This was the first signal of what Napoleon III was planning behind the scenes. It would only get worse from there as a pair of Corvettes dispatched to the Nile would report back that elements of the Russian Northern Fleet had somehow snuck past Gibraltar and made for their new friends in Egypt.

    The British commander knew he could not act without adequate and, more importantly, DIRECT orders from London. Forming a blockade across the Bosporus was one thing. Effectively declaring war upon Egypt, Russia AND France would require a bit more instruction.

    June 1863

    Grand Duchy of Posen, Kingdom of Galicia.

    The Franco-Russian Treaty of 1863 was largely a rehash of the agreement proposed by Napoleon III to the Czar near the end of the Crimean War. Effectively, it would split Europe into two spheres, one of French influence and one of Russian.

    In the Crimea, the British had learned of this and made their own separate peace with Russia, vowing never to trust the French again. Of course, just a few years later, the Emperor would pull the same trick in Mexico.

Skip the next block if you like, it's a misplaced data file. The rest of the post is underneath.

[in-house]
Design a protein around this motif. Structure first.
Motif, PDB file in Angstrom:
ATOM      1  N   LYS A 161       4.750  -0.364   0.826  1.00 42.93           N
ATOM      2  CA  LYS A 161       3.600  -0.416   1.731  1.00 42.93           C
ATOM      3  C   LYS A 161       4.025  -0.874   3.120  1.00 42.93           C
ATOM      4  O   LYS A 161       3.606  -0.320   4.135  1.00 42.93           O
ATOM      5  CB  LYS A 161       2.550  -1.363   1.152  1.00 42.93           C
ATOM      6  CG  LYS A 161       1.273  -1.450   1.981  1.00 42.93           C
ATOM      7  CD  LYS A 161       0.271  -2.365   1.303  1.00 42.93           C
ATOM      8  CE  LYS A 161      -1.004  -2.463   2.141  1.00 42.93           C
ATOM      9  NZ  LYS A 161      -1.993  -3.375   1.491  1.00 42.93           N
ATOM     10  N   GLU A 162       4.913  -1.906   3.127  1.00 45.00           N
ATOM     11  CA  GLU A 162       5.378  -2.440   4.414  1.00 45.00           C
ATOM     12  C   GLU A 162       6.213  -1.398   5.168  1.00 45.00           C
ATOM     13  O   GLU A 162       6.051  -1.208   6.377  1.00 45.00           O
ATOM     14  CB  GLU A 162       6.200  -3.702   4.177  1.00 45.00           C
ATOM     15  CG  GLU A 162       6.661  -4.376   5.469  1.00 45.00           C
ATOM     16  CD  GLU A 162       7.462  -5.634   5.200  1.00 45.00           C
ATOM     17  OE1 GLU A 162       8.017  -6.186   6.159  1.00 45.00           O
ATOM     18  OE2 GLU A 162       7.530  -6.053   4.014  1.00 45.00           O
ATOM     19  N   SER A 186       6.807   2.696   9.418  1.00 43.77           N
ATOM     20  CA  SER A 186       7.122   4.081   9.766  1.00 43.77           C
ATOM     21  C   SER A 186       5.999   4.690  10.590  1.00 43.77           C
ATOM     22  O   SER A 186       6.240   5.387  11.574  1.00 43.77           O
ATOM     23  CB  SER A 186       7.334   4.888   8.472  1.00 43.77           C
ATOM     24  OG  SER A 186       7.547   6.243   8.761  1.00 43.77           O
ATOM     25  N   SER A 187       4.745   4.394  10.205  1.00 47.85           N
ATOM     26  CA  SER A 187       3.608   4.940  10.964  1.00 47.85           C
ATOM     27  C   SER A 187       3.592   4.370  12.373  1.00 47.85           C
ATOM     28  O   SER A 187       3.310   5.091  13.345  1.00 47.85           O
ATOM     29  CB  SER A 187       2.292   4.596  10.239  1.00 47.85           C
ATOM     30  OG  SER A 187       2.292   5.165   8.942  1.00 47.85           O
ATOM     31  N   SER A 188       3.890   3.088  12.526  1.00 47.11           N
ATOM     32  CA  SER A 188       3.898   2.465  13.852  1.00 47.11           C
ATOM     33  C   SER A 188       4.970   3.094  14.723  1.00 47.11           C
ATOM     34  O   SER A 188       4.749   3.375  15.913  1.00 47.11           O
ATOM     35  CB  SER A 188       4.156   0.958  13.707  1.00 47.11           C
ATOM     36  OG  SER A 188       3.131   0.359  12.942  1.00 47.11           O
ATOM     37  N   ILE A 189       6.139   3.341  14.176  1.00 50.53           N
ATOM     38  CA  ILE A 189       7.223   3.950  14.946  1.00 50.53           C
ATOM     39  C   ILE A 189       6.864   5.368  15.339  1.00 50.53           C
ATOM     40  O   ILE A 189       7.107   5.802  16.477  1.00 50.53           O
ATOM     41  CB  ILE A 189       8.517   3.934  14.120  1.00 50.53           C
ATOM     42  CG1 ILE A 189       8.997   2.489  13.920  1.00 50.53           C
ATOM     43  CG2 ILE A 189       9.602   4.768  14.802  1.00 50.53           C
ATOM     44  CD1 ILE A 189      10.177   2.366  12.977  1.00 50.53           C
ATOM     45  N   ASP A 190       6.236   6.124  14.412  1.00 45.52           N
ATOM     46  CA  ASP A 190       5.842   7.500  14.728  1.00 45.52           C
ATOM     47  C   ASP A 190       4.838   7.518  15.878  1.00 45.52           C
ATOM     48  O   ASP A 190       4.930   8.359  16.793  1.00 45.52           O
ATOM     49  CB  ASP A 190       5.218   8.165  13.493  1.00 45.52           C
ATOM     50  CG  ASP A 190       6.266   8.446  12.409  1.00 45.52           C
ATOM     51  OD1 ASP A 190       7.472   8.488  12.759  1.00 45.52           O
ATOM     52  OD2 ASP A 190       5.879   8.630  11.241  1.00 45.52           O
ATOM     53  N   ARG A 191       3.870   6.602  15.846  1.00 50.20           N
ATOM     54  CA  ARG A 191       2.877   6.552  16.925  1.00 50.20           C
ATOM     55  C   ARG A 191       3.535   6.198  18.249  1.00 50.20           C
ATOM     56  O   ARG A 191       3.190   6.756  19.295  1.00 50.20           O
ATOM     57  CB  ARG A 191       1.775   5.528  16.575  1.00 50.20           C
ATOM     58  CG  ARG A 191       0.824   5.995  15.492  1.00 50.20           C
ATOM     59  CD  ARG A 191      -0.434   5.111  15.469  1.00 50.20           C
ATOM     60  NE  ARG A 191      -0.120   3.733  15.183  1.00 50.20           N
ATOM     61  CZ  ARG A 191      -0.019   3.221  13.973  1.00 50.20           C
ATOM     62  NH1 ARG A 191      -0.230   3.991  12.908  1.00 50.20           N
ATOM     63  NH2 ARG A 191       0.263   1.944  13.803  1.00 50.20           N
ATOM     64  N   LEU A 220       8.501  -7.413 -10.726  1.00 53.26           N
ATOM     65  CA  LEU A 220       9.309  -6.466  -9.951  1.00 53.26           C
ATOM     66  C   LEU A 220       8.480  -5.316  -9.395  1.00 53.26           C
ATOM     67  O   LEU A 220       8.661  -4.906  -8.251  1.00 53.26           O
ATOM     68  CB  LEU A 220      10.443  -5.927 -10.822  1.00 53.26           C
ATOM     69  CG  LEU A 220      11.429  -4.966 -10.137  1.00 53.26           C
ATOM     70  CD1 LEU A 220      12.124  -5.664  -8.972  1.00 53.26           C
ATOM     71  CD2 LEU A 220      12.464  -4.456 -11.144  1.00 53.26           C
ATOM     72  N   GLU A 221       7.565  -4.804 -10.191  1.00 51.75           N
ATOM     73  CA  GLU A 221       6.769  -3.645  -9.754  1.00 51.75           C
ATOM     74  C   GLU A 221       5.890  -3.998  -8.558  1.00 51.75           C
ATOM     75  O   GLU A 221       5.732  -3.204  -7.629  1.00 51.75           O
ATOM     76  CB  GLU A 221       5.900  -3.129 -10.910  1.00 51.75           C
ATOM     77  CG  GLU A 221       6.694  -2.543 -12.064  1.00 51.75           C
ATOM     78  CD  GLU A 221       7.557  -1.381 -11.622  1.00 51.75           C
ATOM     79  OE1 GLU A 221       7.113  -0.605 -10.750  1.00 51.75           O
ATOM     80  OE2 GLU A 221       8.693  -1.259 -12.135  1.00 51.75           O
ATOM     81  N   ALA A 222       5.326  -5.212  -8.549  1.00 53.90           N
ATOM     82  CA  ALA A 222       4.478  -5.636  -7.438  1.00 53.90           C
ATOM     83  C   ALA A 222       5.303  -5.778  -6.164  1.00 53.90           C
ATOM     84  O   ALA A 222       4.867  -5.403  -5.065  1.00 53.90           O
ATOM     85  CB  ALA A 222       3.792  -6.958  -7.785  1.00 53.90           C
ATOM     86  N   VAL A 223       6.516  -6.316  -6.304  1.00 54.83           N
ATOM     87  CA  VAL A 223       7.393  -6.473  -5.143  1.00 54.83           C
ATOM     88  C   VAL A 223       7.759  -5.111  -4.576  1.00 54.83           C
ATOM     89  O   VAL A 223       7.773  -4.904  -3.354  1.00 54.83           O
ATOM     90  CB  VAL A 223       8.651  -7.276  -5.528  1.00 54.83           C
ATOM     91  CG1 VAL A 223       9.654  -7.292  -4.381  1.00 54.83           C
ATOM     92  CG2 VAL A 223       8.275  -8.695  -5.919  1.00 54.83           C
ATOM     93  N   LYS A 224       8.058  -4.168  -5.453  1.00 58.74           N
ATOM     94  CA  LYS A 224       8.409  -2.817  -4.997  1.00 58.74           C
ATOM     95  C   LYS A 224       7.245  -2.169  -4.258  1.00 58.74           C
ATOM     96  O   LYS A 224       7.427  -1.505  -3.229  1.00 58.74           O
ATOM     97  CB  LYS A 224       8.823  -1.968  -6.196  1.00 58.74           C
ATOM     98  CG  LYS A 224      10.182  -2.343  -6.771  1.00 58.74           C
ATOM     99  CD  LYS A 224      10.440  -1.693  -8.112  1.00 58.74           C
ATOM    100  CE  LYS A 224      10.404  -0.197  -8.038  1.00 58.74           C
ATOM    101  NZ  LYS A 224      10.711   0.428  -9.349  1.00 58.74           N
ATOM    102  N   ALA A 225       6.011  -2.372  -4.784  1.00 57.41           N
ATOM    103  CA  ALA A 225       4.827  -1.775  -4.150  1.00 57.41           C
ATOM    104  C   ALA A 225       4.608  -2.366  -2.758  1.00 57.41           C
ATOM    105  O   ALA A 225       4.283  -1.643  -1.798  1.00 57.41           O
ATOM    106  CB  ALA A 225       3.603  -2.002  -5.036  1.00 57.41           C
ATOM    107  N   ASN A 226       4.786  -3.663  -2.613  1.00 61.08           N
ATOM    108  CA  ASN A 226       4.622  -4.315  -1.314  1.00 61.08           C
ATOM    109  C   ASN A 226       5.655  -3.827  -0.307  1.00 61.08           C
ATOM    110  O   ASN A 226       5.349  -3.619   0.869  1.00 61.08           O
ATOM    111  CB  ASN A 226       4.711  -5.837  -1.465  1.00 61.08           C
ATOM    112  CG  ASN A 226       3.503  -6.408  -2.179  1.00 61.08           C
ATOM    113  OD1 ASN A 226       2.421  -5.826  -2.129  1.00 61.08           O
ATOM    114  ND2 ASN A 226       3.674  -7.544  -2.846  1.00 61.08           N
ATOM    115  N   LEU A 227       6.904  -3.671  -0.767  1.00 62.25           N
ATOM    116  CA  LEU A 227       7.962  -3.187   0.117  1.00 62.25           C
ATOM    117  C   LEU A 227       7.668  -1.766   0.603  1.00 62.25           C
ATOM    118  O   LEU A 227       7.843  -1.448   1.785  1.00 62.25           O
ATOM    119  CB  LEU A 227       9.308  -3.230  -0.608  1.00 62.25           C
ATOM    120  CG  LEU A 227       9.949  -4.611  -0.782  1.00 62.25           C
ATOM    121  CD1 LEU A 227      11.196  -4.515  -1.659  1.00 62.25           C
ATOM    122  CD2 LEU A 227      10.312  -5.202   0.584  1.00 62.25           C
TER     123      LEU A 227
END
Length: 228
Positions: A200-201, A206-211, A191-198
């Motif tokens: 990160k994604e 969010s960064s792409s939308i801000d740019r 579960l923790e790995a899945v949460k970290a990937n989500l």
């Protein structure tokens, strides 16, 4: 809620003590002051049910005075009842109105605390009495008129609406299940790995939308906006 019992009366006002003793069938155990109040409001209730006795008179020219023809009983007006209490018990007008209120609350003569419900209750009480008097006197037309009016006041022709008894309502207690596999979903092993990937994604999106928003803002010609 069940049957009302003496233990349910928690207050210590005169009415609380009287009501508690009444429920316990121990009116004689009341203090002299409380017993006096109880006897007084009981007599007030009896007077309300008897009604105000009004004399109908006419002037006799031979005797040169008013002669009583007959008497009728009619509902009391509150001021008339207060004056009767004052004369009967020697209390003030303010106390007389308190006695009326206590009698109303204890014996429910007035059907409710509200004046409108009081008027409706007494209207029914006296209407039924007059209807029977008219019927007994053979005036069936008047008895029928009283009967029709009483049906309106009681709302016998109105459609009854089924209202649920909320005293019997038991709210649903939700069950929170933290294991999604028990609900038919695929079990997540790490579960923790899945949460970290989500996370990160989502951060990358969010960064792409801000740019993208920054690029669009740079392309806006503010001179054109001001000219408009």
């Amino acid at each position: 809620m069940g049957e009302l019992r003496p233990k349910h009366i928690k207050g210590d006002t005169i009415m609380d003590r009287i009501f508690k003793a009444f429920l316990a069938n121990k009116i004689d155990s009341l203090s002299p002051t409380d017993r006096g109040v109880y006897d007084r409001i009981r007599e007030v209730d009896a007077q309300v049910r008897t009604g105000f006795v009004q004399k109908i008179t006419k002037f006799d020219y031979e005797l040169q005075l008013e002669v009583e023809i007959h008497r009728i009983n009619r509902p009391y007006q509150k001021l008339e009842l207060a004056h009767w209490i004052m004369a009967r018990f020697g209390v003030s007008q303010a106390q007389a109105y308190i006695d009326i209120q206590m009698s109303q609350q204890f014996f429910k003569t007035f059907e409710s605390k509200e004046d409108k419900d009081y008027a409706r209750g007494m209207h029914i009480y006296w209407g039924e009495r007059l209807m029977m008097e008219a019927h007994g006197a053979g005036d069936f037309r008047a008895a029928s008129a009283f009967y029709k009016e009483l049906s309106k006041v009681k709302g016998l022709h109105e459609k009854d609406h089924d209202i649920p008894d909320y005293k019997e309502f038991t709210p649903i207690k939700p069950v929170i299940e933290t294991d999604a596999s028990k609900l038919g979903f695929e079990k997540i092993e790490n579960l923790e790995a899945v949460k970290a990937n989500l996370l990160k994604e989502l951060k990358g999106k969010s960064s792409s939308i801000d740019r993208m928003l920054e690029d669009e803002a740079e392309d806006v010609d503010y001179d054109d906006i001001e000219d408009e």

Now Napoleon III would recreate Europe in his image. All he needed was the Russian Bear. Still smarting from Crimean War, the Czar reached an agreement.

    After the general revolt among the Poles in Prussia's Grand Duchy of Posen and the Kingdom of Galicia, the Czar would dispatch 180,000 Russian troops across the border to "maintain the peace" among this neighbors.

    At this time, Prussia had been pressed to the bring in the West, having lost most of the Rhineland and stubborn Austrian defenses had virtually stopped any southward momentum. The renewal of hostilities by Denmark were but a modest distraction, largely handled by the garrisons of Schleswig and Holstein. The Polish rebellion caused chaos leading almost to the breakdown of the Prussian government.

    Then the damned Russians invaded. Frederick the Great had faced a similar situation a century earlier. But Wilhelm was NOT Frederick the Great.